The scope of Multiplayer Games is vast, and most games in general are played in social situations, which by their nature require more than one person participating in the game. The number of players varies from just two players competing directly to thousands of players participating in the same game.
Example: Chess has two players competing against one another by taking turns.
Example: MMORPGs can have thousands of players playing the same game instance simultaneously and tens or even hundreds of thousands of players participating in the game instance asynchronously.
Although it may seem that the main requirement for Multiplayer Games is that the game supports several players, even Single-Player Games can be a possible foundation for making Multiplayer Games. This can be accomplished by organizing players in Tournaments, introducing Ghosts, or some other Meta Game elements or Extra-Game Actions, these games can become Multiplayer Games as long as players can affect the gameplay of the other players or compare their individual efforts against each other.
Many design choices are unique to Multiplayer Games or are significantly modified by the presence of other players: Smooth Learning Curves and providing the Right Level of Difficulty can be more difficult to achieve, although Balancing Effects can help; Player Balance can be achieved not only through Balancing Effects but also through Handicaps such as differences in Skills or Asymmetric Resource Distribution, the latter of which can also be the original source of the imbalances; Game Masters can be used and can allow the other players greater Freedom of Choice and stronger Illusions of Influence; Tiebreakers may be required to determine winners of Overcome goals unless Tied Results are to be possible; Player Elimination may exist and force individual players to quit their play sessions before the game sessions end due to Early Elimination; Agents can be used to simulate other players to allow Multiplayer Games to be played alone.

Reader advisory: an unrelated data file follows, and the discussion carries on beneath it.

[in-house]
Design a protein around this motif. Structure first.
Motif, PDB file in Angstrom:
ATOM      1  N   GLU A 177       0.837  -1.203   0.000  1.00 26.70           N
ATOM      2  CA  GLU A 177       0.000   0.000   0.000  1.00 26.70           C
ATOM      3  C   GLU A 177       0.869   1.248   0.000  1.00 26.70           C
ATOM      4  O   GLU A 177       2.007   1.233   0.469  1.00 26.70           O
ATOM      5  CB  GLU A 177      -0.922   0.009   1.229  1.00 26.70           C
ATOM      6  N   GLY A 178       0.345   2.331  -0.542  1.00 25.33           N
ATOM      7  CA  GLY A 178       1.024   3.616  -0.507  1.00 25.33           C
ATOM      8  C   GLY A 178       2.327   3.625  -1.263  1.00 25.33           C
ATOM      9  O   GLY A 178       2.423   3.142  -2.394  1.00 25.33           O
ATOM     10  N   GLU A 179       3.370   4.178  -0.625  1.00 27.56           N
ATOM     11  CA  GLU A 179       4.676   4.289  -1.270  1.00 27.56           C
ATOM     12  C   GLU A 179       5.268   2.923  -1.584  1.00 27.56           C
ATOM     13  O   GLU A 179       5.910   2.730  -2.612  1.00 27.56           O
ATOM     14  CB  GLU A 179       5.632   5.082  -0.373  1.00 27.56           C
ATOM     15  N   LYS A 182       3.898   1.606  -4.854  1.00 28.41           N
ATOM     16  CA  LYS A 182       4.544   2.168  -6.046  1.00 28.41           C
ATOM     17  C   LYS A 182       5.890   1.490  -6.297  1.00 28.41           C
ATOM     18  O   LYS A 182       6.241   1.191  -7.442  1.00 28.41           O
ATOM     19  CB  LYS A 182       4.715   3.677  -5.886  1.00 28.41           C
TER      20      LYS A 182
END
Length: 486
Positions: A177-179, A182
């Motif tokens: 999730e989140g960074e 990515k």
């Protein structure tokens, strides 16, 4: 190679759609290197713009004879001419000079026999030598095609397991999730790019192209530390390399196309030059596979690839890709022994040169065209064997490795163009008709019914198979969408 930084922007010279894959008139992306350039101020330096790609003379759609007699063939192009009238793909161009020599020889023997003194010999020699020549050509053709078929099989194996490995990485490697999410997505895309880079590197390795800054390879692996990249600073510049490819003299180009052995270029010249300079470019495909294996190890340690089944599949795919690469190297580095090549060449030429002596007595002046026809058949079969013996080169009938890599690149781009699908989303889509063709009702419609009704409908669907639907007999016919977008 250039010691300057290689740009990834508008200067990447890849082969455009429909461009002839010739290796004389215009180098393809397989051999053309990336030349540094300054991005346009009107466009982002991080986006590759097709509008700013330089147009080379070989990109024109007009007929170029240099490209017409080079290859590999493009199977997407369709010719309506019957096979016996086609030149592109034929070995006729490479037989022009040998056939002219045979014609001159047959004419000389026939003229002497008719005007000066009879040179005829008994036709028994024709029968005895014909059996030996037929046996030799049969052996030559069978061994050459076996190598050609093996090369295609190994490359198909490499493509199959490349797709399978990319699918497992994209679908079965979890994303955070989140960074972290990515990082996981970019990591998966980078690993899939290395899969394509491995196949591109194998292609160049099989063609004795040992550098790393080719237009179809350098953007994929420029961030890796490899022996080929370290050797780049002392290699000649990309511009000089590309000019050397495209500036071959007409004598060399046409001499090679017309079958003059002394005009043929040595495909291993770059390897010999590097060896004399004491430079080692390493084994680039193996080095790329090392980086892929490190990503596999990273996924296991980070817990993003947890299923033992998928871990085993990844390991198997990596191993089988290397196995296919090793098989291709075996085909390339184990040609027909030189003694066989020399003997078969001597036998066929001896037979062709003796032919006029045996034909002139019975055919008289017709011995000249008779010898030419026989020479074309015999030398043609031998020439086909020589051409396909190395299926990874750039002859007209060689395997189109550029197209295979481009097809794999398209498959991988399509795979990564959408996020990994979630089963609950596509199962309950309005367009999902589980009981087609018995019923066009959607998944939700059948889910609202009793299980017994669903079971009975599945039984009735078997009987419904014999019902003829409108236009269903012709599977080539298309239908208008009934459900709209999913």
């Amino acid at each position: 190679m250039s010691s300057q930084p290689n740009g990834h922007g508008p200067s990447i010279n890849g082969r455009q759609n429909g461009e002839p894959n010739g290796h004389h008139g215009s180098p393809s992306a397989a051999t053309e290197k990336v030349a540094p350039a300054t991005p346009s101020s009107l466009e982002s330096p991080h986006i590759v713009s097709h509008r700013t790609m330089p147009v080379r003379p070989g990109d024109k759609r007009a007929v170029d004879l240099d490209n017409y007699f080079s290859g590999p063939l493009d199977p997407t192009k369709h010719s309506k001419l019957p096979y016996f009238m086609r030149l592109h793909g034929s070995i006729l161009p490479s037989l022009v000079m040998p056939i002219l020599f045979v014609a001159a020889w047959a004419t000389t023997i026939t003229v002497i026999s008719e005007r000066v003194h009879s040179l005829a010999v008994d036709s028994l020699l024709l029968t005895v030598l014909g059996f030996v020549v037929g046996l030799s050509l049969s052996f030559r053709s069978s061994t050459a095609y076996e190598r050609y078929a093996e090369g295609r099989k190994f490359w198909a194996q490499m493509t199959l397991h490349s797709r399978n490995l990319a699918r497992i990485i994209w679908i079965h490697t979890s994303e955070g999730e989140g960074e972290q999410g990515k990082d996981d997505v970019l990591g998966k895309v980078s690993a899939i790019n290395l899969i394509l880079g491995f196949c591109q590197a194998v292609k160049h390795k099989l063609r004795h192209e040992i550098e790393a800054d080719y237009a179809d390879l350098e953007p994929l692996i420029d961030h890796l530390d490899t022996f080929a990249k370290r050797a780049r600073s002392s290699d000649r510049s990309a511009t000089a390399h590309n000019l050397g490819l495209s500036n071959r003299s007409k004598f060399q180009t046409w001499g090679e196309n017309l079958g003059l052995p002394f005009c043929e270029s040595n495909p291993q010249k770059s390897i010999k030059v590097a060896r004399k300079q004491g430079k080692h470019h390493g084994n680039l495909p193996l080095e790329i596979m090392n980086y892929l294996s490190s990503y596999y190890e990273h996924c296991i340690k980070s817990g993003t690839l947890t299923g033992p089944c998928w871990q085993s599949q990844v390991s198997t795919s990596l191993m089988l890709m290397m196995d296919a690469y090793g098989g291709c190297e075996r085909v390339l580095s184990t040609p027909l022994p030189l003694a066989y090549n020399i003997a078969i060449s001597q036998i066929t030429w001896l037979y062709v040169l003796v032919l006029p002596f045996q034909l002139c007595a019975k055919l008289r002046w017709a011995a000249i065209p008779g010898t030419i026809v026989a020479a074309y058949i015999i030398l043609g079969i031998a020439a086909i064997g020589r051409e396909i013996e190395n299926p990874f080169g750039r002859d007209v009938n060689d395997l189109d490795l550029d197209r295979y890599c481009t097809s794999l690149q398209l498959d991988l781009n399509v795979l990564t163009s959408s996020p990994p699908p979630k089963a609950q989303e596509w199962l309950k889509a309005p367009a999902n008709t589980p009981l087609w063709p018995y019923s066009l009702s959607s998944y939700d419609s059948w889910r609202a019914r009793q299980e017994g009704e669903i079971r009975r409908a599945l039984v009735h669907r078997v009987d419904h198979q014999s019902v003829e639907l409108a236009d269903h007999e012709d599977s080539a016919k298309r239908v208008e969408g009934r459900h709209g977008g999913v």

Persistent Game Worlds, which by their definition have to be shared between several players, represent one way to achieve Multiplayer Games with a potentially limitless number of participating players. These types of Multiplayer Games have Dedicated Game Facilitators to maintain the game state, but Self-Facilitated Games are also possible, although, the number of participating players has to be lower, or else the game state synchronization becomes difficult.
Multiplayer Games naturally provide a focus point for Social Interaction between the players, and it is impossible to have Social Organizations, or have Identification with groups, in games without having more than one player playing the same game instance. Having several players in a game allows the game design to have Team Play and modulates Game Mastery by making it possible for players to develop specific Competence Areas for their Characters. Multiplayer Games also provide some forms of Game Mastery, some which are not applicable in other games, for example Negotiation and Creative Control. Multiplayer Games often give players Limited Planning Ability, as the goals and plans may be difficult to deduce and they can significantly affect future game states. Synchronous Games are by their nature also Multiplayer Games, as there must be several players sharing the same game situation.
Modulated by: Early Elimination, Meta Games, Competence Areas, Self-Facilitated Games, Ghosts, Downtime, Dedicated Game Facilitators, Illusion of Influence, Skills, Game Masters, Creative Control, Freedom of Choice, Tiebreakers, Tied Results, Balancing Effects, Limited Planning Ability, Right Level of Difficulty, Smooth Learning Curves, Team Play, Player Elimination, Asymmetric Resource Distribution, Player Balance, Handicaps, Agents, Characters, Extra-Game Actions
Potentially conflicting with: Save-Load Cycles
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